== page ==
Inflammation-promoting products, such as red and processed meats, play a role in colorectal cancer development, according to a study published in JAMA Oncology.
Breaking Medical News - colorectal cancer
Fiber reduces the risk of dying from colorectal cancer, according to a new study published in JAMA Oncology.
People with stage III colon cancer have better outcomes when they avoid certain meat products, consume more plants, and have a healthy body weight, according to a new study from the University of California San Francisco.
Gut bacteria linked to colorectal cancer risk is more abundant among African-Americans, according to research published online in Gut.
Dietary choices contribute to colorectal cancer risk more than genetic factors, according to a study published in Scientific Reports.
Colorectal cancer rates are on the rise for young people, according to a study published by the National Cancer Institute.
Obesity increases the risk of developing or dying from several forms of cancer, according to a literature review published in BMJ.
Male balding patterns are linked to colorectal cancer, according to a study published in the British Journal of Cancer.
Two or more servings of red or processed meat a week can increase your risk for colorectal cancer, according to a study that will be presented Tuesday at the National Cancer Research Institute Cancer Conference in Liverpool, UK.
Red and processed meat products are linked to cancer, according to a report from the World Health Organization published today in Lancet Oncology.
Having just one drink per day increases breast cancer risk, according to a study published in the British Medical Journal.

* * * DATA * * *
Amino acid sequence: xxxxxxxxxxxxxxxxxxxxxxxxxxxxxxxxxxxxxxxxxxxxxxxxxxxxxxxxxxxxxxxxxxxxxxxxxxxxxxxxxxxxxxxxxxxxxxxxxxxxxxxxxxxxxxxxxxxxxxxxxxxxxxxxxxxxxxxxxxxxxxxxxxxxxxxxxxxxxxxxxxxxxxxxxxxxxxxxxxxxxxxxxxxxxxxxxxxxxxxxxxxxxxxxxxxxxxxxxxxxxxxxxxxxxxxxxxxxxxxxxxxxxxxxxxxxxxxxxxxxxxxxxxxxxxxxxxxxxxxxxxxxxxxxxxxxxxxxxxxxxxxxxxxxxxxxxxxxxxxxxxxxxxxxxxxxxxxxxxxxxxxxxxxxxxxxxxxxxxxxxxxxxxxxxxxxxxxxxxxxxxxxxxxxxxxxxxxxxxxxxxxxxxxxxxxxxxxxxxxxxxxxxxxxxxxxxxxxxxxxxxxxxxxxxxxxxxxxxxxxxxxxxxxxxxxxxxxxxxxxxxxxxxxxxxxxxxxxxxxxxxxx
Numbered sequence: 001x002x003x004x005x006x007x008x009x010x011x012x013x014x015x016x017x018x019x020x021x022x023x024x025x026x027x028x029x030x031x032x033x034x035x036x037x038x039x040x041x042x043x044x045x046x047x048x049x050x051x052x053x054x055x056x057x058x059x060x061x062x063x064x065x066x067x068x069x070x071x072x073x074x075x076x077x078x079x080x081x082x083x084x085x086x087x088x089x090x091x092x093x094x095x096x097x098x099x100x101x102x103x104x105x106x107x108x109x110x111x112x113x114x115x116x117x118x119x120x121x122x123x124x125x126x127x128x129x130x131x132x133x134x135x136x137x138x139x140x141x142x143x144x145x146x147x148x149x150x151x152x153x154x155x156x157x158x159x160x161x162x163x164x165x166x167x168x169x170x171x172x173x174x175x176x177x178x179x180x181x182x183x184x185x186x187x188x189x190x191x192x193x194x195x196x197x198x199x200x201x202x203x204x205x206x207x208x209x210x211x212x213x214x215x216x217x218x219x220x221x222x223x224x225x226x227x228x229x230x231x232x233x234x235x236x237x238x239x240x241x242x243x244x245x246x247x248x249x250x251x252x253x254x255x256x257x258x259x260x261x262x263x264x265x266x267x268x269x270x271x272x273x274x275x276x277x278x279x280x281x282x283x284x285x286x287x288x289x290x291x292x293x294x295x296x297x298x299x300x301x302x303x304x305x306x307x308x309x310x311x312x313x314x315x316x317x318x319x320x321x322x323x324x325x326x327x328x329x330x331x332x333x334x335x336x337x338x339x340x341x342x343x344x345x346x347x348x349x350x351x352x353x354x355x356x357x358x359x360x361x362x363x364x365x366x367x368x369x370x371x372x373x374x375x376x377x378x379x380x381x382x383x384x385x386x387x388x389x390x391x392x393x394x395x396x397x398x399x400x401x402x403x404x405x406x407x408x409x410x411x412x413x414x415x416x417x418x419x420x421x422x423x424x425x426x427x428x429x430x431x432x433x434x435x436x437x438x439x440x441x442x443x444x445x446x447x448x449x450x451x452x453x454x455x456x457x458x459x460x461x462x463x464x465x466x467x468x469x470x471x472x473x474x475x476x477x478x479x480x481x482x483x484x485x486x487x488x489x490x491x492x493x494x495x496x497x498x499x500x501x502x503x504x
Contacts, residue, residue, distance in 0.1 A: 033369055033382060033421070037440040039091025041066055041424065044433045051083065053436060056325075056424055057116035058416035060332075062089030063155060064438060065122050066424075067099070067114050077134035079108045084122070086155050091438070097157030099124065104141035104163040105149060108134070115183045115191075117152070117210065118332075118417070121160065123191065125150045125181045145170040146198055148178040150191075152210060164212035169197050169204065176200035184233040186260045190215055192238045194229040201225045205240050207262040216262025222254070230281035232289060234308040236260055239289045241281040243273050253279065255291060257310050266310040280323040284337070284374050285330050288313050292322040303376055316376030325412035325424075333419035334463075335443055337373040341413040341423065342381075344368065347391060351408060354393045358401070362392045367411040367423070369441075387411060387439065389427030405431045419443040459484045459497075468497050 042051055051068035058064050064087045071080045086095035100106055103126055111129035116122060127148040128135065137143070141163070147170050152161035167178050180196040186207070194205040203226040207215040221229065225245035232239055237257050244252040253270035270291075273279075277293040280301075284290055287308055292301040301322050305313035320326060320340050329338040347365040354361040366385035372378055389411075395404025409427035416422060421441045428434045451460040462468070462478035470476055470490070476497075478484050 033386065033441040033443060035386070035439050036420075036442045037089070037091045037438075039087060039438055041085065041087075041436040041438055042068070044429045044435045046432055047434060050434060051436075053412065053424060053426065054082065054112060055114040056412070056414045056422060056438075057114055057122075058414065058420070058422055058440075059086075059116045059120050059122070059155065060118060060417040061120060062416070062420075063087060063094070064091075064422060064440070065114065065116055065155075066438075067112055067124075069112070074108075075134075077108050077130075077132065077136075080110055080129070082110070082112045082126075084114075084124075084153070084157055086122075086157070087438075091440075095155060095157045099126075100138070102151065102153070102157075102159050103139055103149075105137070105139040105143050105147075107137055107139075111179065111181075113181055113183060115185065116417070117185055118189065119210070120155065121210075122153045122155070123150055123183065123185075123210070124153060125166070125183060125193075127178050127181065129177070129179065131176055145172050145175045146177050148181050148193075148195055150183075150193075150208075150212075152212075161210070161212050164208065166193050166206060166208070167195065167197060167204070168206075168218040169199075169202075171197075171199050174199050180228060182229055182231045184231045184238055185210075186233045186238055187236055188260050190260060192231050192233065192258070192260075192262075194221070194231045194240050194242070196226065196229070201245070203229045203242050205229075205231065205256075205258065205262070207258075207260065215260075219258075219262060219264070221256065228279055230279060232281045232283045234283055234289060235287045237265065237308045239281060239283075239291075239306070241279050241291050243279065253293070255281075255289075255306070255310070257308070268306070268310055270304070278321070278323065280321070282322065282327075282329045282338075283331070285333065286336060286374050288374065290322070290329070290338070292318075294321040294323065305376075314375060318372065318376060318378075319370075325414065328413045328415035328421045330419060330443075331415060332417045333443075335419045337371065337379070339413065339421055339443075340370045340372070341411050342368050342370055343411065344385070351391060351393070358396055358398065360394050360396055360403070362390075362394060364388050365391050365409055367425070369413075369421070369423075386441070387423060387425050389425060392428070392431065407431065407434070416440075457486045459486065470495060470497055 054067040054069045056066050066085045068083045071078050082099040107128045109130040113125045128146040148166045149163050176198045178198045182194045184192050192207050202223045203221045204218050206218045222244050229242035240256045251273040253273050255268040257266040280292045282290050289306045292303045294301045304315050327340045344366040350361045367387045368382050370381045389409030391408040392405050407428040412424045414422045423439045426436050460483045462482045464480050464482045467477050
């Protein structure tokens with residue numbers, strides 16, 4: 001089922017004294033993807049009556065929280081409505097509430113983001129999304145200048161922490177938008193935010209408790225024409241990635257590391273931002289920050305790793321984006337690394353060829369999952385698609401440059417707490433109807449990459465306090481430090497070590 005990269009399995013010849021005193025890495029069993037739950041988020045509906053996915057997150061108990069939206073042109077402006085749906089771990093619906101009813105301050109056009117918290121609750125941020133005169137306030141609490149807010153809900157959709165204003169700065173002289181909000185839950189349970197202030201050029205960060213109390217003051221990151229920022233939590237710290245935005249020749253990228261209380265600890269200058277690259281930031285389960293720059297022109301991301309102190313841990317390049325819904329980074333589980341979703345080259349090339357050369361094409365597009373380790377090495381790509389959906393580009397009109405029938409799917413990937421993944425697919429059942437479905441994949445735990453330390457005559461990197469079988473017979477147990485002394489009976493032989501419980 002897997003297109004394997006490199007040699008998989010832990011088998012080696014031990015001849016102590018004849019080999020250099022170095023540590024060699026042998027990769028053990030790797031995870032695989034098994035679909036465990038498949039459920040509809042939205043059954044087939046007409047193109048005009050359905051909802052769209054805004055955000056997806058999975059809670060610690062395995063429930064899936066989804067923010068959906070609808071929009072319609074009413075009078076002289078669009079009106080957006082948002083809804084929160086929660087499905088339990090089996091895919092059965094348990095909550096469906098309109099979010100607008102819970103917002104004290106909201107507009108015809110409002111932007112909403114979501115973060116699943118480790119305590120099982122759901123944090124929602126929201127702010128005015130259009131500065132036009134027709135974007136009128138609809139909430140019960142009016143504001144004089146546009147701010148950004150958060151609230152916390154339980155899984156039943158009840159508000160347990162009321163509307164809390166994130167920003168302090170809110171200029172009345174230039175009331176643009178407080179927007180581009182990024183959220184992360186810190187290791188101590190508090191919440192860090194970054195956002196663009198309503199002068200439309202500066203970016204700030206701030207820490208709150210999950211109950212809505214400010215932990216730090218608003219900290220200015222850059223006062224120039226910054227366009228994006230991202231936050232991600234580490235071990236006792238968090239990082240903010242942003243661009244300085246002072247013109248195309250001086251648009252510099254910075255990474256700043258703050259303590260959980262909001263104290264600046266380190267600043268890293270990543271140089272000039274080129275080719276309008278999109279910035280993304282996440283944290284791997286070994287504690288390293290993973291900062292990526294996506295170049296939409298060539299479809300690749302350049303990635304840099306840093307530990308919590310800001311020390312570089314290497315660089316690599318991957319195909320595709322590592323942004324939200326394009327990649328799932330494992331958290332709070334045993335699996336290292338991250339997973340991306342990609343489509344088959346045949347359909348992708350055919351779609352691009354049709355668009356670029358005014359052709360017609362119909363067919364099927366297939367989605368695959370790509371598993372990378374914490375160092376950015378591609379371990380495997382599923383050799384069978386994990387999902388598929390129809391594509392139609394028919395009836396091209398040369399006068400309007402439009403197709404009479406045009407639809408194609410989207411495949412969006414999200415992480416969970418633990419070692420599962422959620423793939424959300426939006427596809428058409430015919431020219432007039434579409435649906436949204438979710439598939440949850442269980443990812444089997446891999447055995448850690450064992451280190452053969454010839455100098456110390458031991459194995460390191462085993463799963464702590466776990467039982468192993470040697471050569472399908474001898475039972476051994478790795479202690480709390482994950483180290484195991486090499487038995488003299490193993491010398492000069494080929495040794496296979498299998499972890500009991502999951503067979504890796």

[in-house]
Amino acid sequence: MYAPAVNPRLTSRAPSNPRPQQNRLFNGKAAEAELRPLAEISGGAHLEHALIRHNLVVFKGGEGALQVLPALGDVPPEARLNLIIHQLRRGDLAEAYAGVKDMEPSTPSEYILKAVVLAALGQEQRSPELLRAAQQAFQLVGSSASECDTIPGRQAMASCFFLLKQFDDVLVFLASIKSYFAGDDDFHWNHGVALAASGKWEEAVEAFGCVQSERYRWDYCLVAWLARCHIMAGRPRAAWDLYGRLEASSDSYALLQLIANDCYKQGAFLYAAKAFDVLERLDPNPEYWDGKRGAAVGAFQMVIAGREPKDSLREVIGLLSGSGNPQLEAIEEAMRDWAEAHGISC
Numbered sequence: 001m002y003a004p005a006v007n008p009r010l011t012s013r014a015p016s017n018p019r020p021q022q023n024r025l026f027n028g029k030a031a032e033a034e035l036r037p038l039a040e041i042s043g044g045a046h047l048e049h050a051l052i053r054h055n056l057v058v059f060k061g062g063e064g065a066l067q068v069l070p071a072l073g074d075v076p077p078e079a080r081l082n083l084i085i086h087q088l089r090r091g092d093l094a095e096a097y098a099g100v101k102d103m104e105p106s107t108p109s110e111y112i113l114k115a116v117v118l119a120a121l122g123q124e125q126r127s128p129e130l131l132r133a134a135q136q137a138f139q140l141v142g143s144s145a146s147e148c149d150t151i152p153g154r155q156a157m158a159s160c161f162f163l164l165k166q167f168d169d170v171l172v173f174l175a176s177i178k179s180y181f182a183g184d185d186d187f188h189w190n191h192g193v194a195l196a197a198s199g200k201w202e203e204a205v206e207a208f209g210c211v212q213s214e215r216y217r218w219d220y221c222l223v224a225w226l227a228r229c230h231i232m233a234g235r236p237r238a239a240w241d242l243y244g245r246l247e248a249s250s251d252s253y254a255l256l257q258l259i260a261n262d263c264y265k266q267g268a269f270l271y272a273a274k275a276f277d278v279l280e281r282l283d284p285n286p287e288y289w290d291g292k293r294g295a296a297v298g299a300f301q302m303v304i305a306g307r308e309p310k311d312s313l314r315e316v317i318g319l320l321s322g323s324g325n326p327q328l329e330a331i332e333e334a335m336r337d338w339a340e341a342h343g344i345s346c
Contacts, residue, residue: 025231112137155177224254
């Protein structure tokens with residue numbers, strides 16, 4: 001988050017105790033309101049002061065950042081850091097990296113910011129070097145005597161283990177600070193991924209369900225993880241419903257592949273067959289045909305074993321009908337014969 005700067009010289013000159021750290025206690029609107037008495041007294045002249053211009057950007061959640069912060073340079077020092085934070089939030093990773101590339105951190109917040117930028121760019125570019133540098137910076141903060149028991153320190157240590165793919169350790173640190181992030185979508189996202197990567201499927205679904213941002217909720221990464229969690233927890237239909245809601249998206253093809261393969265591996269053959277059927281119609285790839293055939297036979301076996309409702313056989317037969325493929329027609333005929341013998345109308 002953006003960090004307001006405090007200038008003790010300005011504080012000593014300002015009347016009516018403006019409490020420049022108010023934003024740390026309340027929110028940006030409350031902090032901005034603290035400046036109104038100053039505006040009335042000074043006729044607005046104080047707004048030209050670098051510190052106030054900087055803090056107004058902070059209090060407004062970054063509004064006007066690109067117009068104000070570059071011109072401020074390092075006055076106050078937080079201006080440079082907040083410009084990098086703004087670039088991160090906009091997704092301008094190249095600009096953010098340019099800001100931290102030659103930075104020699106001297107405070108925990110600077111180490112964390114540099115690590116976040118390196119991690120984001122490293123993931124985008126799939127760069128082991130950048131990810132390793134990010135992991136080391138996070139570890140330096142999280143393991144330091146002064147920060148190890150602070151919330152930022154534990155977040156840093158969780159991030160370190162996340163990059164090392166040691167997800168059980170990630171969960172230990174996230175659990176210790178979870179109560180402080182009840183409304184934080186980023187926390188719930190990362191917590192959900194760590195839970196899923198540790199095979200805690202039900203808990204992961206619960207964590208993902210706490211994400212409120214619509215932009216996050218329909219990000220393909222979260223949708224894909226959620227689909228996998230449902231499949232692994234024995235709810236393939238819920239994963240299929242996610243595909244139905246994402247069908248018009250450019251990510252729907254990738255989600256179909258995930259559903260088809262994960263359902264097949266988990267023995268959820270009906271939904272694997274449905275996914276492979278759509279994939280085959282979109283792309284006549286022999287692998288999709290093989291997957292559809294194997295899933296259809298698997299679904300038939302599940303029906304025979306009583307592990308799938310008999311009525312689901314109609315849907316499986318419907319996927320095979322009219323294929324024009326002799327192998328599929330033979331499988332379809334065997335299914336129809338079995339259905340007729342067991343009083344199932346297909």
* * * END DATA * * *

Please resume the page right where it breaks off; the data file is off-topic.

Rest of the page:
A high-fiber, low-fat diet helps prevent colorectal cancer, according to a study published in Nature Communications. Researchers tracked the typical diets of 20 African-American men and 20 African men for two weeks and monitored cancer incidence rates.
Adding legumes to your diet may reduce your risk for colorectal cancer, according to a meta-analysis published in Scientific Reports. Researchers examined 14 studies encompassing 1,903,459 participants.
A vegetarian diet may reduce your risk for colorectal cancer, according to a study in JAMA Internal Medicine. Researchers assessed the diets of 77,659 participants in the Adventist Health Study 2 for about seven years and tracked incidence of colorectal cancers. Participants followed five dietary patterns including vegan, lacto-ovo vegetarian, pescovegetarian, semivegetarian, and nonvegetarian.
Common Genes That Elevate Risk of Colorectal Cancer
High-fiber diets help reduce your risk of colorectal cancer, according to a review published this month in the Gastroenterology.
Reasons for meat products leading to colorectal cancer are wide-ranging, according to a new review in the journal Nutrition Research.
Colorectal cancer survivors who consume the most red or processed meat are more likely to die over a 7.5-year follow-up, compared with those who eat the least
Excess weight increases risk for colon cancer, especially among men, according to a new study published in the American Journal of Epidemiology.
People who consumed the least amount of red and processed meat products had reduced risk for heart disease, diabetes, and colorectal cancer, compared with those who consumed the most, according to a new study in the British Medical Journal Open.
Whole grains reduce the risk of colorectal cancer, according to a study published in the British Medical Journal.
A recent study found that those who ate the most red meat had a 67 percent higher risk of colorectal cancer, regardless of any genetic factors they may have had.
A report in tomorrow's Journal of the American Medical Association confirms the findings of earlier studies linking meat consumption to colon cancer.